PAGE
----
I've always thought that the most interesting thing about Raymond Hamilton was his 1934 escape from the Texas penitentiary death house. Depression Desperado written by Syd Underwood supports this assertion. Until the escape Hamilton is a sidekick, a less important player in the Clyde Barrow chronicle. I just never got a sense of Hamilton's individuality from this book. Underwood doesn't play up the differences or the rift that developed between Clyde and Hamilton.
Underwood disperses Barrow's shadow when he begins the narrative of the Huntsville escape. Absolute desperation and almost certain death are the elements that make any death row escape attempt fascinating. This attempt takes place in Huntsville, TX a prison with a vicious reputation. It occurs on a sunny day when a prison baseball came is in progress. All in all a fascinating story. Besides Hamilton, players in the escape are Blackie Thompson, Joe Palmer, Whitey Walker, and Joe Frazier. Walker originated the escape plan to save his partner Blackie Thompson and invited the others along for the ride. It was partially successful: Palmer, Hamilton, and Thompson did make it over the walls. Walker was killed. Thompson would die a short time later and both Palmer and Hamilton would be recaptured to keep a date the electric chair.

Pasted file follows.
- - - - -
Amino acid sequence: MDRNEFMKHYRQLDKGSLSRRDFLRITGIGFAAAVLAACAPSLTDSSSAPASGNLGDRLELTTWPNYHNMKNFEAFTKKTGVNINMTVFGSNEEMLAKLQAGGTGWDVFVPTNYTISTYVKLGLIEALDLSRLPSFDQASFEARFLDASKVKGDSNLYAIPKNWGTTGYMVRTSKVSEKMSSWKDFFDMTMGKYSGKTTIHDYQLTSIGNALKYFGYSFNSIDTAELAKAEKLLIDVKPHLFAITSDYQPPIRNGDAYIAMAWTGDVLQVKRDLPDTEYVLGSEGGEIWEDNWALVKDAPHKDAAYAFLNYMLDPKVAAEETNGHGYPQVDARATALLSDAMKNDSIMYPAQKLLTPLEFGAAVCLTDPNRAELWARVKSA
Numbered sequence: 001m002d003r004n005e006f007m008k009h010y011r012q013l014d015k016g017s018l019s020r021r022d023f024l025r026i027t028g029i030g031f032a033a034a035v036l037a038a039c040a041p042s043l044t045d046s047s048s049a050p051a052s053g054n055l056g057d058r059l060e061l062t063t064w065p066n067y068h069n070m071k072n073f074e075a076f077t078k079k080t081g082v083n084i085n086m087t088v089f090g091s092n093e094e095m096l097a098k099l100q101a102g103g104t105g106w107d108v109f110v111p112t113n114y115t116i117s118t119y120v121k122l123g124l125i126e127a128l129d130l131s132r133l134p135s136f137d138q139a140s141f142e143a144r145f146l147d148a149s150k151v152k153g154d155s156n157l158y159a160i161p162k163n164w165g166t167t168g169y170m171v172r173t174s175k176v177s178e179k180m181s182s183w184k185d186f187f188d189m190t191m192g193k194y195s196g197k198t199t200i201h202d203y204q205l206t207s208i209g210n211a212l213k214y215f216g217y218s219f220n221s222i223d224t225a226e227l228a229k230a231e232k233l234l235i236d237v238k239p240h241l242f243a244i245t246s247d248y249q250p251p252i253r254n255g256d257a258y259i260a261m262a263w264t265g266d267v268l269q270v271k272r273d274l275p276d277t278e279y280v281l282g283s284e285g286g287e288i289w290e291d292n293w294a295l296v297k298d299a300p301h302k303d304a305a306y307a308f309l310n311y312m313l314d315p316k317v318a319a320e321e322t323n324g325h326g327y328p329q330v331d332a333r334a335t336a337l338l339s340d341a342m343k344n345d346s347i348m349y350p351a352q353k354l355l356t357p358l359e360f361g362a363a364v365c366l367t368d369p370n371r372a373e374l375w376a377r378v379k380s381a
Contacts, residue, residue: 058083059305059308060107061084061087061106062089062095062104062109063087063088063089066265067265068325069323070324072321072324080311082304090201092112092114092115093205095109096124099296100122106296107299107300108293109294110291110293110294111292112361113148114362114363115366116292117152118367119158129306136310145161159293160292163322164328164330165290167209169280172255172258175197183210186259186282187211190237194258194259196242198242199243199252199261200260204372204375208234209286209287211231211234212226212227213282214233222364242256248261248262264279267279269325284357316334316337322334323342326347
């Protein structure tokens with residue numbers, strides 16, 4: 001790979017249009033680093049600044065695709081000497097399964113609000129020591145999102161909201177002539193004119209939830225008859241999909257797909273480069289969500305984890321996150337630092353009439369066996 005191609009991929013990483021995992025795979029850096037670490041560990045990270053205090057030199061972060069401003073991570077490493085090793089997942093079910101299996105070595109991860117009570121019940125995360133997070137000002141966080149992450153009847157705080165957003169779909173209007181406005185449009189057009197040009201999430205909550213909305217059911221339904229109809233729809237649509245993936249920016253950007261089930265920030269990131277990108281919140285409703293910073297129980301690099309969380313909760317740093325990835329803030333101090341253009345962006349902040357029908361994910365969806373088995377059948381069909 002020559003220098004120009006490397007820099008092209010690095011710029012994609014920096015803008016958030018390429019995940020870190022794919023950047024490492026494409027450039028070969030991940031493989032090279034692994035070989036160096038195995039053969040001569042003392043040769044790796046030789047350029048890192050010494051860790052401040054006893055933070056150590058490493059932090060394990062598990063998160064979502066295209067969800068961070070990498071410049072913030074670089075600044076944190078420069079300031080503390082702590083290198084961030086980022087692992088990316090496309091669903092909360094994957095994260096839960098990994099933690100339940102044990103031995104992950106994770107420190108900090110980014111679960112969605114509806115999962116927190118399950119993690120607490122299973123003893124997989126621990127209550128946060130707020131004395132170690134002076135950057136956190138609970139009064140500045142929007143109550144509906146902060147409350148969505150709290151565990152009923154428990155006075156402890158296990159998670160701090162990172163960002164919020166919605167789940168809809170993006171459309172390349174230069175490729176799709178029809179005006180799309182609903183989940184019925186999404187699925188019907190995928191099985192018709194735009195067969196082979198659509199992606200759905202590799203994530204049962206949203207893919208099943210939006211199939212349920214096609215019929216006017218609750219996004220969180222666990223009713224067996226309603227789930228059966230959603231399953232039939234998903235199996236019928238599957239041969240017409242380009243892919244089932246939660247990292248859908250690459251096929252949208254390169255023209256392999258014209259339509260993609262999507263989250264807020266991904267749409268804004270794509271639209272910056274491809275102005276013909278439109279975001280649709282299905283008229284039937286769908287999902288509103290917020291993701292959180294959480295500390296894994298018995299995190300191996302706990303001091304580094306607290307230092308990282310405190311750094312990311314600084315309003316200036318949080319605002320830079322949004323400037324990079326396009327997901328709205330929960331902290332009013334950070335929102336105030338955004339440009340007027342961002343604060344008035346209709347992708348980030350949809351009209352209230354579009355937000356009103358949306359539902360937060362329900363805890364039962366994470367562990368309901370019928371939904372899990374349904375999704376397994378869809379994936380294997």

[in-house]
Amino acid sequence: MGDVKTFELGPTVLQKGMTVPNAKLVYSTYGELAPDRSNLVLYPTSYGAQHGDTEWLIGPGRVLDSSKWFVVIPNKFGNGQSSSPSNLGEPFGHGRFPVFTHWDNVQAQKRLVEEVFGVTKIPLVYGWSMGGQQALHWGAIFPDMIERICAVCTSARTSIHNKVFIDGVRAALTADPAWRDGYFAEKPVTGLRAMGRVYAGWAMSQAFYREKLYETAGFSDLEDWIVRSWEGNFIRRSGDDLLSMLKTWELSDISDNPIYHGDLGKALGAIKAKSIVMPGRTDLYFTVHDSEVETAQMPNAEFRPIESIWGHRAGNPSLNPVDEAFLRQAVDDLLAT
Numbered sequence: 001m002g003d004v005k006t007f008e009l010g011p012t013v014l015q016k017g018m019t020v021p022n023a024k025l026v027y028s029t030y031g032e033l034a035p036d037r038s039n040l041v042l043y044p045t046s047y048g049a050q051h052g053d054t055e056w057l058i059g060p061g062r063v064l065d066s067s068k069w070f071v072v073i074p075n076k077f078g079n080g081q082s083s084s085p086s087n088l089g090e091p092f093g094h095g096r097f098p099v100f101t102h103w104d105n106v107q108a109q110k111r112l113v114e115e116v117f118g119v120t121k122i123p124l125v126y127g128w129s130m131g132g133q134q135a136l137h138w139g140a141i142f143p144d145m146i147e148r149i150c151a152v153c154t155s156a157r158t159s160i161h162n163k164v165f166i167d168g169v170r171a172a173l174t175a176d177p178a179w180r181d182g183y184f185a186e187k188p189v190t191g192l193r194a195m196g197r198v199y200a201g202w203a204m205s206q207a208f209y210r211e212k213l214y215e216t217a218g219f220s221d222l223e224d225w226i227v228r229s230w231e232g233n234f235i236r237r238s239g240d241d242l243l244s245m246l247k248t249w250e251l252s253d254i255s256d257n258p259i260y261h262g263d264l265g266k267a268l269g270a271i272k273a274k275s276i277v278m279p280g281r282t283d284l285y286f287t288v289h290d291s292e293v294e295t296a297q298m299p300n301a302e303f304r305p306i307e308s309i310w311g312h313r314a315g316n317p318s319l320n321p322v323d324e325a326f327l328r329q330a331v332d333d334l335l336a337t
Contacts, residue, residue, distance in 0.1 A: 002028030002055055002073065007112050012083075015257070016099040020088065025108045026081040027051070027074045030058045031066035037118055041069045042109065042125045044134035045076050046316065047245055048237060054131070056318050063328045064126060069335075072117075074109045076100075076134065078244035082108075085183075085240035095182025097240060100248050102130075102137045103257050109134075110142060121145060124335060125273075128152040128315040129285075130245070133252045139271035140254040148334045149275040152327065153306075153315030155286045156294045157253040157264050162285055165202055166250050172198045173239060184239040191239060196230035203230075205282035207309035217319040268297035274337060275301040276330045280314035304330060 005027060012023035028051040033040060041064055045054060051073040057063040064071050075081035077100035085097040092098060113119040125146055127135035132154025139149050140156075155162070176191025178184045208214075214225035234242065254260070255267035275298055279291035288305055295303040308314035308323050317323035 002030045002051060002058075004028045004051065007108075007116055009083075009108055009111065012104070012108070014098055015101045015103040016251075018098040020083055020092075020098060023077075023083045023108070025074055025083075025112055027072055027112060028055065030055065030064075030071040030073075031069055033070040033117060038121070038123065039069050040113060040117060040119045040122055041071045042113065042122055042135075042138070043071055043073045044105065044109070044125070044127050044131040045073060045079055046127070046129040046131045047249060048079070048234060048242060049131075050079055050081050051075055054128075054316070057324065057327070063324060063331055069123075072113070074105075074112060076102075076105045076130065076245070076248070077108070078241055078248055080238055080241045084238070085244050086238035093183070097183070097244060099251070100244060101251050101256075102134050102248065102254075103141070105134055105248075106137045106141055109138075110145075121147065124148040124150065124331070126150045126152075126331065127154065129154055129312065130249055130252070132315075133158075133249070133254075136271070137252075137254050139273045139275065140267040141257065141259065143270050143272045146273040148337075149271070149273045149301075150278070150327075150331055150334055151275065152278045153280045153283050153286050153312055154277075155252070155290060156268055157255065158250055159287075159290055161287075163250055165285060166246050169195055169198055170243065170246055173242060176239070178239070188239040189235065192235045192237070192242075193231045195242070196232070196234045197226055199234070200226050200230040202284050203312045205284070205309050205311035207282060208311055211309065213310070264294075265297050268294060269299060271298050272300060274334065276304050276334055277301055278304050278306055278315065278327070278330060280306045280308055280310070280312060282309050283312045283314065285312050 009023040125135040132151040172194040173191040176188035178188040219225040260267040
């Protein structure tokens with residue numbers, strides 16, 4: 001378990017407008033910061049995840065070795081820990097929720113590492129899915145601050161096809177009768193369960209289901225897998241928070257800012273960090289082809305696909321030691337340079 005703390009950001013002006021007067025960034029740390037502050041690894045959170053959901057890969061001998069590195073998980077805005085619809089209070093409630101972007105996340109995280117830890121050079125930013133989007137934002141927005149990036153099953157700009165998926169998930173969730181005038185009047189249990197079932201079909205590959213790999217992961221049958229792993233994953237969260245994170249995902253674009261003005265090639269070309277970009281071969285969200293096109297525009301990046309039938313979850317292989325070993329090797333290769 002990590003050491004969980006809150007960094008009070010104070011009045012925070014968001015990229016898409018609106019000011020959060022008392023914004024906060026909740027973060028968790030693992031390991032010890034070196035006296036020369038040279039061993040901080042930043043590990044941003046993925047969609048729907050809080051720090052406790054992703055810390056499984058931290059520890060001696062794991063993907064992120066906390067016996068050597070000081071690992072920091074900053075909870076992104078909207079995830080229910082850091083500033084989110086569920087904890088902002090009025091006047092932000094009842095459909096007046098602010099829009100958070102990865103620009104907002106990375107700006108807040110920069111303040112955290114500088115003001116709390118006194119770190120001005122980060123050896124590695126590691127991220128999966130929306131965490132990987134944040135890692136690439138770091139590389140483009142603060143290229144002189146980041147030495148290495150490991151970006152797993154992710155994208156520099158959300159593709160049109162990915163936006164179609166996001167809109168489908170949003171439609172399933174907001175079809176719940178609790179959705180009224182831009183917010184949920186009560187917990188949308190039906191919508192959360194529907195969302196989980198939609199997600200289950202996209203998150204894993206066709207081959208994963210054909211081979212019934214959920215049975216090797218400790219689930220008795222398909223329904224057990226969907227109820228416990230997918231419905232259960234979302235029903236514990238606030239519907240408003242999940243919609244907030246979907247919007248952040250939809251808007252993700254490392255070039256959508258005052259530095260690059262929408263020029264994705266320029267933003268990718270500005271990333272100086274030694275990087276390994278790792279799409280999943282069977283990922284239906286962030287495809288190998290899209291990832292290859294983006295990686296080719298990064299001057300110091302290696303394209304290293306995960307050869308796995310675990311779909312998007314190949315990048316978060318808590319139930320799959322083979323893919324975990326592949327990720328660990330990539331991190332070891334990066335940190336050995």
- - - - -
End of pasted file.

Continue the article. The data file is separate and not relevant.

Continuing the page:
It's the escape and Hamilton's death watch that the book gives the reader an idea of Hamilton's individuality. Was he the cold hearted repeat offender whom society would be much better with out? Even though he didn't pull the trigger was the fact that he was definitely an accessory (hell he planned the escape that resulted in Major Crowson's death) did he deserve the death penalty? Hamilton certainly didn't think so. At the end of the book when I read his date of death May 10, 1935 and remembered his year of birth 1913 the realization Hamilton was 11 days shy of his 22nd birthday made me think one thing. What a stupid waste.